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What You Need to Know About the Drug Epidemic in Kentucky

When you think about Kentucky, you may have many preconceived ideas and stereotypes about what occupants of the state look like, act like, and live like. Many, I’m glad to say, are untrue. There is one fact, however, that is well-known and, sadly, a reality: the drug epidemic.

I witness the magnitude of the issue especially in my hometown. Families are ripped apart, businesses fail, and the drugs run rampant. To understand why drugs are such an immense problem, however, you must understand the socioeconomic circumstances of  the Commonwealth. Especially in Eastern parts of the state, poverty is a major issue. According to the United States Census Bureau, Lee County  (located in Eastern Kentucky) has a median income of around $22,698, which is a near $33,000 difference than the U.S. average of $55,755. If you were to take a look at other counties in Kentucky, you would see statistics that show much of the same central idea: poverty, lack of education, and lack of employment.

I write this article not to shame Kentuckians or paint my state in a way that makes others perceive it even more negatively. I do this because the issue is spiraling further and further out of control, and I’m worried for the future of my state. Though laws have been passed with good intentions to decrease the drug epidemic, we are not fixing the root of the issue.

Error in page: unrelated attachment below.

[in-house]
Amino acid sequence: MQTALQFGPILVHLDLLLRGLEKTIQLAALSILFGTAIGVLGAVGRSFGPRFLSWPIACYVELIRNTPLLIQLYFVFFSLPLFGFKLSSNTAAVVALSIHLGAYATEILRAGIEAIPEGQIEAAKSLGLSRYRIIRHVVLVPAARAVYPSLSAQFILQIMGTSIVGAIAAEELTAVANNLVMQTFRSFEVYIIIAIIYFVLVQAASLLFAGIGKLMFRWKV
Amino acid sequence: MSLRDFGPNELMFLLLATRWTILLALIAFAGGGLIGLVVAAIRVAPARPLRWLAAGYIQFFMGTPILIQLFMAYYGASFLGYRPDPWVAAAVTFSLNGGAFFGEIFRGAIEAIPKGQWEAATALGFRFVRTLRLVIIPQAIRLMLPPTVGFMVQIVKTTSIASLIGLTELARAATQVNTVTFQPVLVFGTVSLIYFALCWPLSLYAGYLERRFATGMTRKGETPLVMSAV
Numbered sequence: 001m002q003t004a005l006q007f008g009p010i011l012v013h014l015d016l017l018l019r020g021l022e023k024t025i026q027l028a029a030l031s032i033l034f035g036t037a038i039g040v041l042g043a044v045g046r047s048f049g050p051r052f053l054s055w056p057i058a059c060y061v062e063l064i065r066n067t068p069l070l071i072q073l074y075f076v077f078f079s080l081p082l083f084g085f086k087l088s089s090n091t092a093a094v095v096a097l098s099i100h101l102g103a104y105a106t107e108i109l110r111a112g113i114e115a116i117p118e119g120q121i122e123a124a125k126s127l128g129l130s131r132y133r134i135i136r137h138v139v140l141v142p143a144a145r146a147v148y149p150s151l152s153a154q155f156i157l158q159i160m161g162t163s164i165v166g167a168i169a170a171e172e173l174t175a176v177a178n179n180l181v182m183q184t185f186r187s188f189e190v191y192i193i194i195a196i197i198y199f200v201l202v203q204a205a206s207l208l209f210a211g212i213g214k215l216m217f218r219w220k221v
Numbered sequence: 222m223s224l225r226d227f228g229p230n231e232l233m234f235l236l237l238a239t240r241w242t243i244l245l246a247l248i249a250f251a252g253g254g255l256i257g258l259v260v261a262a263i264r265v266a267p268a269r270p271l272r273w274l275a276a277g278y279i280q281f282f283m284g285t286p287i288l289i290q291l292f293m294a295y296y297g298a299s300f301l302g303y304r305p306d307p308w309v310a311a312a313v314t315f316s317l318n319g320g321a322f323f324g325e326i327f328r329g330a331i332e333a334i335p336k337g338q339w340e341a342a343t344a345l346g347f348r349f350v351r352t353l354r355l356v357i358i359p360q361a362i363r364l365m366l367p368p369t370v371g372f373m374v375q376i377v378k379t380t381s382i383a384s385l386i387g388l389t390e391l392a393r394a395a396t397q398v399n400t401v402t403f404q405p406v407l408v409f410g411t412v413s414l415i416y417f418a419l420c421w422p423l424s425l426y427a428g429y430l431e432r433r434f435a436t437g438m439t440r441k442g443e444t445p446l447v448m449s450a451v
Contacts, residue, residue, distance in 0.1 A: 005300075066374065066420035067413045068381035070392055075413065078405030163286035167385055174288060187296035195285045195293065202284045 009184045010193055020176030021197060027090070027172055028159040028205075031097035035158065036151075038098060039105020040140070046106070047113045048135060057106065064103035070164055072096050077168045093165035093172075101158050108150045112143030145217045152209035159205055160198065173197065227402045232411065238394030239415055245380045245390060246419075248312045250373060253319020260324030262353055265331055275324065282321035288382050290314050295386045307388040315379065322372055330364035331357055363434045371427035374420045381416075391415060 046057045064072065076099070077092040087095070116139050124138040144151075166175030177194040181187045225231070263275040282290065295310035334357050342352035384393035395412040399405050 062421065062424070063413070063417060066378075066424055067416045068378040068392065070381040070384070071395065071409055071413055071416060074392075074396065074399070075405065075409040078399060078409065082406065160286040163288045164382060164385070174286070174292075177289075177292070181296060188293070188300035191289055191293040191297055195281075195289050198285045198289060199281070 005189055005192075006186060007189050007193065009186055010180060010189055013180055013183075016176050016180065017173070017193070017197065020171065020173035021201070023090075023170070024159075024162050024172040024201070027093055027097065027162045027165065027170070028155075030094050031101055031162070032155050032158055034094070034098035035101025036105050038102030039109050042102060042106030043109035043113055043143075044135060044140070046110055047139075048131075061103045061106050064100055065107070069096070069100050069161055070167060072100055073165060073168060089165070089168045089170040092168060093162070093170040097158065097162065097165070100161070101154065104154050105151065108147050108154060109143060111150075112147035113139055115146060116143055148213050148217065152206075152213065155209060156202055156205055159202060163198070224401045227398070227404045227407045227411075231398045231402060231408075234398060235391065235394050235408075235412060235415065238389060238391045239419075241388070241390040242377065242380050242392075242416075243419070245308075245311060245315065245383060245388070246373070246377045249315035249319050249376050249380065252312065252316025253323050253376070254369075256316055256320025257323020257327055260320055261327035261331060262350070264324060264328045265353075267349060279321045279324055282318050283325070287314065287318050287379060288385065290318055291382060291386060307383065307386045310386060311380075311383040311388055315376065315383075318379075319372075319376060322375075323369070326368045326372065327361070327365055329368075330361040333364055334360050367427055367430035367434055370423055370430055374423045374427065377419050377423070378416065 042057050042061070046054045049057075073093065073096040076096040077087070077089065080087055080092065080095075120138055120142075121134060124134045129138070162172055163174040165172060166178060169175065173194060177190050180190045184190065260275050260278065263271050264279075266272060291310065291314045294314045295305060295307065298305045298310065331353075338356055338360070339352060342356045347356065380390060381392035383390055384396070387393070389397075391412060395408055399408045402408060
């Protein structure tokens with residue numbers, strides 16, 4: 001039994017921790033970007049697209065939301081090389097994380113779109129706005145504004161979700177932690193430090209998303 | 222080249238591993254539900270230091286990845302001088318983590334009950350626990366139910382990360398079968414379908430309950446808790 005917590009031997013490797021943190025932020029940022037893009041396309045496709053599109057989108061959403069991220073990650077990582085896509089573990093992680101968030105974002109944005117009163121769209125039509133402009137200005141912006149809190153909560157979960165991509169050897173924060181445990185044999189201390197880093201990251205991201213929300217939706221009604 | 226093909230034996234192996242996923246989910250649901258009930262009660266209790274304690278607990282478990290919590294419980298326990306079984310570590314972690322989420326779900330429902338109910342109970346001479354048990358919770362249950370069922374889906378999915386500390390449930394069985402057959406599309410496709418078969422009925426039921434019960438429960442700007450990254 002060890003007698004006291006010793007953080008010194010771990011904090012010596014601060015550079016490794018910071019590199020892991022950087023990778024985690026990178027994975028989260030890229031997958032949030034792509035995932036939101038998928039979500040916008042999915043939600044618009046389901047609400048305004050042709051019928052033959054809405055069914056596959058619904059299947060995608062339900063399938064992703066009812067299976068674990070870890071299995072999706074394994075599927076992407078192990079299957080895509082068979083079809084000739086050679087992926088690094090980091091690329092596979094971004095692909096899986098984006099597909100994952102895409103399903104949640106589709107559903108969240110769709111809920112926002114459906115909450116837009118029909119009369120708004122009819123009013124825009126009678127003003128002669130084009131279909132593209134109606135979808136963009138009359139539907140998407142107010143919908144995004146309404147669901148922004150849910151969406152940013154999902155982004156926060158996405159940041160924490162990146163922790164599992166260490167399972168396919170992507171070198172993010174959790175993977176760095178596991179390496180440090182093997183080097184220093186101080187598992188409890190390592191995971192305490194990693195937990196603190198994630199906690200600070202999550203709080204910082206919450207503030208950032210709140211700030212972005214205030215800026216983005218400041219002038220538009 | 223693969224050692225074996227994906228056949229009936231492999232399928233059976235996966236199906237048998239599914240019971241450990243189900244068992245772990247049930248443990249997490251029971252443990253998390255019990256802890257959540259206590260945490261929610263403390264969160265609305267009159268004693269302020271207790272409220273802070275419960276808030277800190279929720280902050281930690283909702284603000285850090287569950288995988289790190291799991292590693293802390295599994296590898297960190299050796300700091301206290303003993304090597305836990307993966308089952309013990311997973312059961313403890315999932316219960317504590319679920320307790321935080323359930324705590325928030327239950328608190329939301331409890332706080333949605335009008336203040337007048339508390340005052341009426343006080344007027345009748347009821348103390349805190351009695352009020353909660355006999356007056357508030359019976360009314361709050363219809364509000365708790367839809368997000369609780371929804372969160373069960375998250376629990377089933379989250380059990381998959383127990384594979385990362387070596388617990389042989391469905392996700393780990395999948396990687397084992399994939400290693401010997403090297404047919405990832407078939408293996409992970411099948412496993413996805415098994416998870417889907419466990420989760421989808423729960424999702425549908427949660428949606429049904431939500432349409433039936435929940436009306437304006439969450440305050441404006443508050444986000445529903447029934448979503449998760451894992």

Until we reach into the rural, poor areas and create more jobs and growth we will  still see the same vicious cycle for generations.

What’s important to remember, however, is this: spreading a narrative where we shame those with addiction to drugs is harmful and will only worsen the issue. A major issue I see is too many people who see drug abusers as drug abusers first, and people second. Especially in towns like my own, many people are addicted to drugs who are too ashamed to ask for help due to the stigma of being an “addict”. Many rehabilitation programs are available and resources out there for those who are suffering from addiction and seeking help.

I’m saddened by the news reports everyday reporting another overdose in a surrounding county. I’m saddened by the kids I see in my town placed in foster care due to both parents being in jail on drug-related charges. I’m saddened by seeing pharmacies one of the few thriving industries in my state. Change needs to happen. It’s my hope by writing this article that I’ve brought awareness to those even not living in Kentucky the dire issue that’s taking place.

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Shelby Robertson
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Shelby Robertson is a 17 year old from rural Kentucky. An aspiring doctor, Shelby enjoys reading, writing, and politics. She's a Governor's Scholar, Rogers Scholar, and attended the Governor's School for Entrepreneurs.

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